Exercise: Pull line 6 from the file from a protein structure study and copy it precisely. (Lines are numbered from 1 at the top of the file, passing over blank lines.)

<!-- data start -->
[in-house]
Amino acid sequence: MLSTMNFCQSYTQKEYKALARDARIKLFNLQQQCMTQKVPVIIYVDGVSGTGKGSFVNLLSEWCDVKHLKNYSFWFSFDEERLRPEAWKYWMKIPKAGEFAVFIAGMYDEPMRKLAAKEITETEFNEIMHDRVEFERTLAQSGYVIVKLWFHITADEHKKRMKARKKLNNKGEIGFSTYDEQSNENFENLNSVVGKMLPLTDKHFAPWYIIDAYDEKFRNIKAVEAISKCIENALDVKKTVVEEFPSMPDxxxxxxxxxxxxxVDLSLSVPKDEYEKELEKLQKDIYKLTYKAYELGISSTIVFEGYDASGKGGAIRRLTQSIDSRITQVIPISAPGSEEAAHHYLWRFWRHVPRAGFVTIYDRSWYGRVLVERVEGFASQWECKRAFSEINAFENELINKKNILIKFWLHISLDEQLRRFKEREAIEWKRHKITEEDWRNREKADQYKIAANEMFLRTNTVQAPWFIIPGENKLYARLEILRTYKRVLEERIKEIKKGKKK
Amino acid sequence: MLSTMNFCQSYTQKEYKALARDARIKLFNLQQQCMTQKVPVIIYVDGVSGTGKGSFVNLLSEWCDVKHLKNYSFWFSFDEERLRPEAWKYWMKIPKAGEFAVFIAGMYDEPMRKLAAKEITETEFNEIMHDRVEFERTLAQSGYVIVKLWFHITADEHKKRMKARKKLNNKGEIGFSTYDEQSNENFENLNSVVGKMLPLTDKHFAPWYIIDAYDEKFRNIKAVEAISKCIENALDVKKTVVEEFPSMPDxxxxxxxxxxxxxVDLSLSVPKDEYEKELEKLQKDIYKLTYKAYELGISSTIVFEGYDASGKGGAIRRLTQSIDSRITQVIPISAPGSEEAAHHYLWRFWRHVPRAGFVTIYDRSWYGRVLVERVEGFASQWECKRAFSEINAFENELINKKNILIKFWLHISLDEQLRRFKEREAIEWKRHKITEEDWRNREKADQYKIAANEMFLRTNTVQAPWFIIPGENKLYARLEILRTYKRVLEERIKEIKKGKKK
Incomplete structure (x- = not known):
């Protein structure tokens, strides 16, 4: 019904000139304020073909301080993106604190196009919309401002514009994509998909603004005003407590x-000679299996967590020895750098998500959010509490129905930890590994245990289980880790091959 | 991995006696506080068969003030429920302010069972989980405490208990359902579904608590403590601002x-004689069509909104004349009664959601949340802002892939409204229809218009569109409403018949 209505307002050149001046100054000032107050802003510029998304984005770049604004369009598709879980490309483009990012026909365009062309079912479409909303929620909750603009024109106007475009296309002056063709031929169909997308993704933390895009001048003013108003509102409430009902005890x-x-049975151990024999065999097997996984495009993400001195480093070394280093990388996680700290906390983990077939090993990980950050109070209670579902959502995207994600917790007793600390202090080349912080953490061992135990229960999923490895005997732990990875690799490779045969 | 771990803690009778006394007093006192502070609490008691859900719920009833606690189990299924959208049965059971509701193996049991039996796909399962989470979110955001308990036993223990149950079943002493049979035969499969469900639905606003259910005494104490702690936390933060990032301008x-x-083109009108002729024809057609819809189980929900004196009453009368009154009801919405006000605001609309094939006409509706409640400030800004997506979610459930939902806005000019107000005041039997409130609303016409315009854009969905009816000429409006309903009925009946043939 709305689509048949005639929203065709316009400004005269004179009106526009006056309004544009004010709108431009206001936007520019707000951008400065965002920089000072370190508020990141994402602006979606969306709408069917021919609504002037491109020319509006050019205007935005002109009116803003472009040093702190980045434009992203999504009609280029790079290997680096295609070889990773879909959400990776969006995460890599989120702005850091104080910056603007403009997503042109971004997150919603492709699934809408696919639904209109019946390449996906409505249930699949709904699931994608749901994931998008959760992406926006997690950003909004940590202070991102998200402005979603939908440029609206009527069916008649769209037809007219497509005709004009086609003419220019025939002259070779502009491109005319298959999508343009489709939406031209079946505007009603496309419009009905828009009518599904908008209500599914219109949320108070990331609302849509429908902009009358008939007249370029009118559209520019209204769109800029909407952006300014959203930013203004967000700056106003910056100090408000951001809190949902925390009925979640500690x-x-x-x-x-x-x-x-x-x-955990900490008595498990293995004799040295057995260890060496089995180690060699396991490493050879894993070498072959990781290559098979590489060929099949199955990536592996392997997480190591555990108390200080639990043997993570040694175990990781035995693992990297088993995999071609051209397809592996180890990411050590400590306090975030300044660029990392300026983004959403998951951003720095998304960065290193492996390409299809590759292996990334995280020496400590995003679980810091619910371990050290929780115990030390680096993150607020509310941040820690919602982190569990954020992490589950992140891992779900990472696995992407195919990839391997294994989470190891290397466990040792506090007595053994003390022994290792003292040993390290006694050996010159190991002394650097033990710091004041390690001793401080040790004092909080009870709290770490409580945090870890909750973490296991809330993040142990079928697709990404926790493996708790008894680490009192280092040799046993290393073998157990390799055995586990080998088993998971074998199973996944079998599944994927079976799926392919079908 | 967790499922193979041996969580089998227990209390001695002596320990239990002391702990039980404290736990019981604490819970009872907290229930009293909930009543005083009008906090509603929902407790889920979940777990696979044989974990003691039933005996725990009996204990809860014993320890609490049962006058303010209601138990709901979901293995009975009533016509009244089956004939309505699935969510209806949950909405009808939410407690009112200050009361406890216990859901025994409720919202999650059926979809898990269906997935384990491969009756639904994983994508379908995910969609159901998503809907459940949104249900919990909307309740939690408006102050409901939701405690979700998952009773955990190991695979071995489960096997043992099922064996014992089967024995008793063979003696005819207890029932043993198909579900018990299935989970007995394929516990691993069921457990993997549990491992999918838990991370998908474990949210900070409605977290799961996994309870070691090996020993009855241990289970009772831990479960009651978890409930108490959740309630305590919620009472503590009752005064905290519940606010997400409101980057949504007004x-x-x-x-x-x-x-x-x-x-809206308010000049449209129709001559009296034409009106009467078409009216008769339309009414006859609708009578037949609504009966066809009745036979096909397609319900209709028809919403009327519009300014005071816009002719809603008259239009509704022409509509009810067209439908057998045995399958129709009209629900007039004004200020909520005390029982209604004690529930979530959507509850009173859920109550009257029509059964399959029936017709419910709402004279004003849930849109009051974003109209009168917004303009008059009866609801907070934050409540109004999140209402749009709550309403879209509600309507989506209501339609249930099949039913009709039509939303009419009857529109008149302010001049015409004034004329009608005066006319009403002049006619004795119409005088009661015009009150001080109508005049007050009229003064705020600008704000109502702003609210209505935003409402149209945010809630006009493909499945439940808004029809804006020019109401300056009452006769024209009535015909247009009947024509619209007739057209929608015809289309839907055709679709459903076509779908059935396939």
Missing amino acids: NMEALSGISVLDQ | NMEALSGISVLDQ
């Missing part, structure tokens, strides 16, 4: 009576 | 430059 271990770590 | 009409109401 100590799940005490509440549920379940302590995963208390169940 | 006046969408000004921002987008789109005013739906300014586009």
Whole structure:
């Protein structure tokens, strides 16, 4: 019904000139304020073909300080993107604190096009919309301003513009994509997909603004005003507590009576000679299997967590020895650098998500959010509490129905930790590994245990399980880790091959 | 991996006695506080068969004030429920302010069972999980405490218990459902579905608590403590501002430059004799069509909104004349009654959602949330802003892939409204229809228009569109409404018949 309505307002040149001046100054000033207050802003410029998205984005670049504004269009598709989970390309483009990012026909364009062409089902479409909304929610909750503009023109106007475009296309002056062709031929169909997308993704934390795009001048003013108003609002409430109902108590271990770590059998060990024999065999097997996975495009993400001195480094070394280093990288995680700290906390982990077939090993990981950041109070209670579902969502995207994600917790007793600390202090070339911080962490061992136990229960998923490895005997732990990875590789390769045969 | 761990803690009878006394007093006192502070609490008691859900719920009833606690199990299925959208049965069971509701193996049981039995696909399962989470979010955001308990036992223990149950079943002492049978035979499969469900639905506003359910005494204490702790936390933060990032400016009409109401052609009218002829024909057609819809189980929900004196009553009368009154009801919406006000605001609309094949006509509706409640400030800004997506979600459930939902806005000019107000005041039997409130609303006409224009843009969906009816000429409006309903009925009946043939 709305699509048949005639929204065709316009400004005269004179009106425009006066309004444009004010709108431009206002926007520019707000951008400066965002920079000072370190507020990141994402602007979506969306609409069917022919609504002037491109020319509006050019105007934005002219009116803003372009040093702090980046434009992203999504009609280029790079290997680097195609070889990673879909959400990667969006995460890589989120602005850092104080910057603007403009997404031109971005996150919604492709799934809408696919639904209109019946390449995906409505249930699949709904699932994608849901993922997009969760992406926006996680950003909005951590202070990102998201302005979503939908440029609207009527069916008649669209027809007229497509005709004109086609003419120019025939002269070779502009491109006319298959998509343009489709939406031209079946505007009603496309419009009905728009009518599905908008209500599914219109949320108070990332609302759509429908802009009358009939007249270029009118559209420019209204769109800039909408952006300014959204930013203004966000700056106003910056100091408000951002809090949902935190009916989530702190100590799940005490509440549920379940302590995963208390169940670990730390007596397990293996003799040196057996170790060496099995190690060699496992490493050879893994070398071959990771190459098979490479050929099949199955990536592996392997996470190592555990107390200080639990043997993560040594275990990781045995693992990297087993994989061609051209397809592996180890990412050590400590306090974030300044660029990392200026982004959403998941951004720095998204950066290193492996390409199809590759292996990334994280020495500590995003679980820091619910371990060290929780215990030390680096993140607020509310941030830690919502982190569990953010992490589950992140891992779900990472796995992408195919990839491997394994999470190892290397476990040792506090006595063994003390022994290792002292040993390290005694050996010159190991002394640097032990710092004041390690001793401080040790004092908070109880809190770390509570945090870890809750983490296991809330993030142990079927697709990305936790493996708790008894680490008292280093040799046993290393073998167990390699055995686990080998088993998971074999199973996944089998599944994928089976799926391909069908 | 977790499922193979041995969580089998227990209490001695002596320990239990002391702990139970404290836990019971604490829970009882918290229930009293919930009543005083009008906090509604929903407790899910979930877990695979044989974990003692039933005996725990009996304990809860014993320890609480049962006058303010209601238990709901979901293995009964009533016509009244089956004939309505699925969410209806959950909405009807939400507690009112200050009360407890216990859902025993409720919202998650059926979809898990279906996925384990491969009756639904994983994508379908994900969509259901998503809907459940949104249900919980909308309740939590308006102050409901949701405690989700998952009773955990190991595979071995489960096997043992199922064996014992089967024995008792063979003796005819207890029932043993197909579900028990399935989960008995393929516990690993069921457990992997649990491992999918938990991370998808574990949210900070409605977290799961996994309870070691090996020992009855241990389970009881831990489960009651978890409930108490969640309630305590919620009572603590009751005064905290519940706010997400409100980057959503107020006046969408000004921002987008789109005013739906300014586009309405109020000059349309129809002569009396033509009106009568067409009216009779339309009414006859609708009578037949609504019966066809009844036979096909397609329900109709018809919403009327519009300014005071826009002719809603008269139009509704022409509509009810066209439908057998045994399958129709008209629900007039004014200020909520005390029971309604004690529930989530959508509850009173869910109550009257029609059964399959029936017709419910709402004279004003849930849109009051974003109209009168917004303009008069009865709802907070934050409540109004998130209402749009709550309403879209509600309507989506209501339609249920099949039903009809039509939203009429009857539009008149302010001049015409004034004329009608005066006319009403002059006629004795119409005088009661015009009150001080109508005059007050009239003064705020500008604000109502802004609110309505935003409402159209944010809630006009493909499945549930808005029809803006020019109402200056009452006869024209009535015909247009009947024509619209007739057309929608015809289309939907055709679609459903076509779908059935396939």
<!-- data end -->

Missing amino acids: NMEALSGISVLDQ | NMEALSGISVLDQ